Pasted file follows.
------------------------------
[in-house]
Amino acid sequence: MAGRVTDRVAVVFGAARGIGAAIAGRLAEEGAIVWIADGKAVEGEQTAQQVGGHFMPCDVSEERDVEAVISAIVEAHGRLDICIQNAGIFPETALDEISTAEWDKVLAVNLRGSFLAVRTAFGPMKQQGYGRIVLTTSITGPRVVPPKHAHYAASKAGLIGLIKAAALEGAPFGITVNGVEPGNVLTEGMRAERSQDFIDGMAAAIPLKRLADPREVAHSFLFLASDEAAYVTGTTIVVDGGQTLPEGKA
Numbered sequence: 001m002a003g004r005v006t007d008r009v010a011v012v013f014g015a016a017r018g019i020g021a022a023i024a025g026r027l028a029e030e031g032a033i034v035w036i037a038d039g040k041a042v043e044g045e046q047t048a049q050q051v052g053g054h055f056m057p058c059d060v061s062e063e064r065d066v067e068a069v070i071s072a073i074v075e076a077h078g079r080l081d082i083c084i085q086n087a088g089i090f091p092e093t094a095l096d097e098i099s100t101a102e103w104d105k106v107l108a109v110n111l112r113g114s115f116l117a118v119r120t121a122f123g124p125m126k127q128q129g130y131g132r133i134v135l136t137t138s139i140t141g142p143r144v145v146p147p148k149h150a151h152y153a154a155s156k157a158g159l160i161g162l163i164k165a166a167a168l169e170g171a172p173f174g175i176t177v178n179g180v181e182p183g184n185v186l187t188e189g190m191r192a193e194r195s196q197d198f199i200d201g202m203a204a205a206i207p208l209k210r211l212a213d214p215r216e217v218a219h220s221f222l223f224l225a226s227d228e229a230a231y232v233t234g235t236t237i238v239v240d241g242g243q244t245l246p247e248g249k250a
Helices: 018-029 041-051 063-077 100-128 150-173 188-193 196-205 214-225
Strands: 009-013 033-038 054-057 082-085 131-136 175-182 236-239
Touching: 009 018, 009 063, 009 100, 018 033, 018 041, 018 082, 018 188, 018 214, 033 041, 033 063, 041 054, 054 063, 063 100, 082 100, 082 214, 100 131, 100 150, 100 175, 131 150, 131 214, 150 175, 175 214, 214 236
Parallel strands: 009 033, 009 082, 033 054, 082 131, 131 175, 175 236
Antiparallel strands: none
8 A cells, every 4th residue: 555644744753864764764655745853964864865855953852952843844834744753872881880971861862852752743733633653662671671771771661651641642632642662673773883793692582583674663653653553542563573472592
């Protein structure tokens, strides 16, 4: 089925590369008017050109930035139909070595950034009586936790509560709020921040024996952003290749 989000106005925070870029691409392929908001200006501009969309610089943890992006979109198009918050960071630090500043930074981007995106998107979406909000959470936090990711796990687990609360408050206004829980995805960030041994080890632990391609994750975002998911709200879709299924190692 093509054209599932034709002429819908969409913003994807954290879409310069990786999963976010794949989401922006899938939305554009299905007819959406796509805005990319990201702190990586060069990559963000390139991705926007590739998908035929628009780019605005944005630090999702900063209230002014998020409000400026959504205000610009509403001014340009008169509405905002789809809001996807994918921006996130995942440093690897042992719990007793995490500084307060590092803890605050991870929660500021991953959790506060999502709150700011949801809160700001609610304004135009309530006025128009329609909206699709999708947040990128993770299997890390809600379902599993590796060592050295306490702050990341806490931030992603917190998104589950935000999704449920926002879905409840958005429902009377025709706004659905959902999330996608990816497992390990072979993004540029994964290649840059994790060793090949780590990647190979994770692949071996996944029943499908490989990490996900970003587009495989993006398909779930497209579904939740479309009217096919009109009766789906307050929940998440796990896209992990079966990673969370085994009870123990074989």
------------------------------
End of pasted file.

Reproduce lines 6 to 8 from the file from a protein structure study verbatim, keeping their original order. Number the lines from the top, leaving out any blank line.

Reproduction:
Touching: 009 018, 009 063, 009 100, 018 033, 018 041, 018 082, 018 188, 018 214, 033 041, 033 063, 041 054, 054 063, 063 100, 082 100, 082 214, 100 131, 100 150, 100 175, 131 150, 131 214, 150 175, 175 214, 214 236
Parallel strands: 009 033, 009 082, 033 054, 082 131, 131 175, 175 236
Antiparallel strands: none